The TTC should be held accountable and reimburse our fares when this happens. If I pay your ever-increasing fare bu… https://t.co/SMjSGzpmU4— Yellow-haired warrior (@Yellow-haired warrior) 1581606910.0
Another aspect of fares that the TTC gets criticized for is its focus on policing "fare jumpers." The increased presence of law enforcement has prompted some Torontonians to accuse the TTC of "militarizing against poor people."
TTC CEO’s description of stepped-up fare enforcement efforts: so many inspectors riders will encounter them on a we… https://t.co/dWBDIuZ58h— Matt Elliott (@Matt Elliott) 1581013347.0
According to This Magazine "the TTC has the third biggest ridership of any North American transit system, yet it receives the least amount of subsidies, relying almost entirely on fares to continue functioning."
To counter a near $70 million a year loss, the TTC has hired more enforcement officers and unveiled an anti-fare evasion ad campaign that Torontonians have called "aggressive" and "violent."
Both transit companies suffer from a lack of universal accessibility, but unlike the STM, the TTC's official action plan has fallen well short of its goals.
Not all @TTC bus stops on an accessible route are actually accessible. Look for the blue wheelchair symbol on the r… https://t.co/vvgNlHWyqb— DiscoverMyRoute (@DiscoverMyRoute) 1548524500.0
Although close to 60% of Toronto's subway stations are universally accessible, experts worry that the TTC won't meet its legally-mandated goal of 100% accessibility by 2025. Since the TTC relies on fares for funding, losing close to $70 million a year in fares spells doom for future projects.
Not to mention that Doug Ford's provincial government cut $1.1 billion in funding to the TTC, further exacerbating accessibility issues.
[Accessibility] 🚇↕️ Jean-Drapeau métro station becomes the 1st station on @stm_Jaune to be equipped with elevators.… https://t.co/ljR70maSF7— STM - Tellement Montréal (@STM - Tellement Montréal) 1574453104.0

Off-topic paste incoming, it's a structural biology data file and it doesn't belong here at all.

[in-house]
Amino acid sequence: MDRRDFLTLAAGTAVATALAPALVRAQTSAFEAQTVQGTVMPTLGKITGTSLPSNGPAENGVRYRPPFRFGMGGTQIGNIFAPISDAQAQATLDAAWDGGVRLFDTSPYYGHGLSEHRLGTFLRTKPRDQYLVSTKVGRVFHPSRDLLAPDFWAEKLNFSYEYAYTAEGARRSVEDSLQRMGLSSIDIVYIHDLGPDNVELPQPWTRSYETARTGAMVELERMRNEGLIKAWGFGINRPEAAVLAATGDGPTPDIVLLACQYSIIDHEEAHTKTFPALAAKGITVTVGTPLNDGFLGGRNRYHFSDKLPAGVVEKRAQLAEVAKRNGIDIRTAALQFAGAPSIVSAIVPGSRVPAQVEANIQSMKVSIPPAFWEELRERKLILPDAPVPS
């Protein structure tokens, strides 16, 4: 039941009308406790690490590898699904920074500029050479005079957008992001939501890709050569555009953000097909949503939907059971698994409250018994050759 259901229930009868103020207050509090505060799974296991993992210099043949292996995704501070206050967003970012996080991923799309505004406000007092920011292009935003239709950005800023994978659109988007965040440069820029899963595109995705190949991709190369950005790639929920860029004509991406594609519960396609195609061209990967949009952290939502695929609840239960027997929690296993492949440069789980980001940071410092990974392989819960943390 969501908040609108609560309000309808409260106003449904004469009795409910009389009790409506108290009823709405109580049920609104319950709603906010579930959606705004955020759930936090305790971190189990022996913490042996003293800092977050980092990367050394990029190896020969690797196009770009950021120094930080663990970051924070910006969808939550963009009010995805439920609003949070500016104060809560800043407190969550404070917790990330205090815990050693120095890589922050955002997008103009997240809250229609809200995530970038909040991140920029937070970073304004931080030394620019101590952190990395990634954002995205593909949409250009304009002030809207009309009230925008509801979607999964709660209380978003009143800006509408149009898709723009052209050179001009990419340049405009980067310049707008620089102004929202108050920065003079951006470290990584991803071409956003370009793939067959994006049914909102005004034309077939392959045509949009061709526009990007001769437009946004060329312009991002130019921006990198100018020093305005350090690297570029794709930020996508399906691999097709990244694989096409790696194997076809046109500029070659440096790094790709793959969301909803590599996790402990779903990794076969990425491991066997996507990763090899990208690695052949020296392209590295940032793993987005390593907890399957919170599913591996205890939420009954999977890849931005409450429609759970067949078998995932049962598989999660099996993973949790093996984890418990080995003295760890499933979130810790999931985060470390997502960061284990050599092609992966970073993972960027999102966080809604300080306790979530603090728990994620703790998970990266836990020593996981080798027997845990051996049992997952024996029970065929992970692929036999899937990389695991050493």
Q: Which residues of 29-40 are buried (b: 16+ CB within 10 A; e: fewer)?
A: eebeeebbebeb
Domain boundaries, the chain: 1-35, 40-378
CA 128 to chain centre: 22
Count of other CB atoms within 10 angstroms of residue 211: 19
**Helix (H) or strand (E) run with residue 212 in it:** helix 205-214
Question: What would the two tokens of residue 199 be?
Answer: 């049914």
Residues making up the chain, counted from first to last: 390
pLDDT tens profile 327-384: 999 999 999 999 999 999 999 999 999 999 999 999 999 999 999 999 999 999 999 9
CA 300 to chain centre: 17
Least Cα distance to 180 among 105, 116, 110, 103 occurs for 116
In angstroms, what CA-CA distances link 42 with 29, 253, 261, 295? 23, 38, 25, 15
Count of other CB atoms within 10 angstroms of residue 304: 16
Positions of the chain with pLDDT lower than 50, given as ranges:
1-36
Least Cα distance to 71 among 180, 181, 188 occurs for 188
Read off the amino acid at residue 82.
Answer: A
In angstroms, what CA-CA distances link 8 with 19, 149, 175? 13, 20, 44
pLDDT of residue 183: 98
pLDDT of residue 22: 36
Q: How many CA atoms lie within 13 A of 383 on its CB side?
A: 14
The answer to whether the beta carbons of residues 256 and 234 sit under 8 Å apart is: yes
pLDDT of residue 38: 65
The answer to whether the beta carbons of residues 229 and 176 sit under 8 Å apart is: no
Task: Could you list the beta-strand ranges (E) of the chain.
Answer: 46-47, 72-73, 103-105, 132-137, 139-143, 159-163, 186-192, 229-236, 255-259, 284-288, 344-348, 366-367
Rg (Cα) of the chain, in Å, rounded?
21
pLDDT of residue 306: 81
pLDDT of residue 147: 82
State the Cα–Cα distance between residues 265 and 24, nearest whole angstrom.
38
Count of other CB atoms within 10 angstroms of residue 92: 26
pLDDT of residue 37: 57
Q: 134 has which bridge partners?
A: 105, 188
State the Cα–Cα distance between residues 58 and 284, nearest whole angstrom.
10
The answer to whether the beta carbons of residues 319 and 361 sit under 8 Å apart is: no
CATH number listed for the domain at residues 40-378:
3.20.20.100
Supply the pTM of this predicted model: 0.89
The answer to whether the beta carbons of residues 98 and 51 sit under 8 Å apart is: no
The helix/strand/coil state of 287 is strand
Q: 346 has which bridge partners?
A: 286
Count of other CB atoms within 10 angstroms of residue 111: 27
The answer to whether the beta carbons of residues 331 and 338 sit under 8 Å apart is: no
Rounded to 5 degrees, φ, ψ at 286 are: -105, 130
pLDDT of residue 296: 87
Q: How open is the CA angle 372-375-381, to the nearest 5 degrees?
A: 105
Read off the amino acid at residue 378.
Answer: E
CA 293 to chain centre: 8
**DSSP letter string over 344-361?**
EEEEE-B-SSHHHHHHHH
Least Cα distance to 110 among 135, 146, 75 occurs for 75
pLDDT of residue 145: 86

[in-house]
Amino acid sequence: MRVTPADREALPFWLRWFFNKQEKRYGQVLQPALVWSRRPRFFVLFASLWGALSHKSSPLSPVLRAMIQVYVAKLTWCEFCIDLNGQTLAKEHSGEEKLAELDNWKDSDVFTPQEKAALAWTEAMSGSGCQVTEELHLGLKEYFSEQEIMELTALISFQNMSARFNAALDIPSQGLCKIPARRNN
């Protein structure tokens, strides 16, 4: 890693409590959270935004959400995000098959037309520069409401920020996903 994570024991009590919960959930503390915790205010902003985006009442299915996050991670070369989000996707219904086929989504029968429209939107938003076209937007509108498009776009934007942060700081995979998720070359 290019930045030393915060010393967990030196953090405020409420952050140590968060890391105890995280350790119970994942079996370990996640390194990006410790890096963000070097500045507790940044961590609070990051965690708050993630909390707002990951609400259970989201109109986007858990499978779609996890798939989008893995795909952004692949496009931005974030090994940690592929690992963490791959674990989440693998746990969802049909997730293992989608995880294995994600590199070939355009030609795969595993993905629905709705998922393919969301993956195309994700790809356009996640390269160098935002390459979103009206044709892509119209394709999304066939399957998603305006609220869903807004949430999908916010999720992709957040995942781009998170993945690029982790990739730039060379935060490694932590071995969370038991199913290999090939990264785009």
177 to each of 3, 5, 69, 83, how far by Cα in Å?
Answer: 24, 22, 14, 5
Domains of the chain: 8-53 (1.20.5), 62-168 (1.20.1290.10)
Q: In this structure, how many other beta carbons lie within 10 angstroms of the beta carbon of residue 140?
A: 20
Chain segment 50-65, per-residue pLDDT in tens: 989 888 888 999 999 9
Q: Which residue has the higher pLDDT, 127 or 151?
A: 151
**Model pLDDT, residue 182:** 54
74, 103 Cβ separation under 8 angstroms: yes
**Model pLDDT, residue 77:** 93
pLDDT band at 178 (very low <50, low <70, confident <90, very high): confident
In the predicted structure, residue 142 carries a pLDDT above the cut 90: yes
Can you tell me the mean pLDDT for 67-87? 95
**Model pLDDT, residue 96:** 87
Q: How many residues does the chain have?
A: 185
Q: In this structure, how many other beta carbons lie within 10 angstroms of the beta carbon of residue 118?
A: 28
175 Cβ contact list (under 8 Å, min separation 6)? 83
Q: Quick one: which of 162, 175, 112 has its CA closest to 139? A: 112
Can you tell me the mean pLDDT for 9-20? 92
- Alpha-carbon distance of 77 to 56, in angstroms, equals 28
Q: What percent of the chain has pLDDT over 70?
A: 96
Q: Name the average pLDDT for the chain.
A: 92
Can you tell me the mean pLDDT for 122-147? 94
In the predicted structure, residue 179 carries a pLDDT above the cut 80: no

Meanwhile, Montreal deals with its own accessibility problems, with less than half of STM metro stations universally accessible.
An injection of $213 million in funding in 2018 will help the STM achieve universal accessibility in over half its metro stations by 2022.
While both cities have their own complications, Montreal is clearly ahead of the game with its focused, tangible effort toward universal accessibility. Toronto, on the other hand, lags behind due to huge funding cuts.
It's also worth comparing the TTC and STM customer interfaces. For all its perceived faults, the STM's customer service system is transparent, efficient, and aesthetically uniform. Information is more difficult to find on the seemingly outdated TTC website.
While both the TTC and the STM each have their own unique issues, the STM has bold, forward-thinking initiatives that have a clear and established completion date. The TTC meanwhile, is mired in funding issues and a rapidly ageing rolling stock of vehicles.
The STM is marching boldly into the new decade with plans for network expansion and increased accessibility.
Whether the TTC can rise to meet its challenges in the 2020s remains to be seen.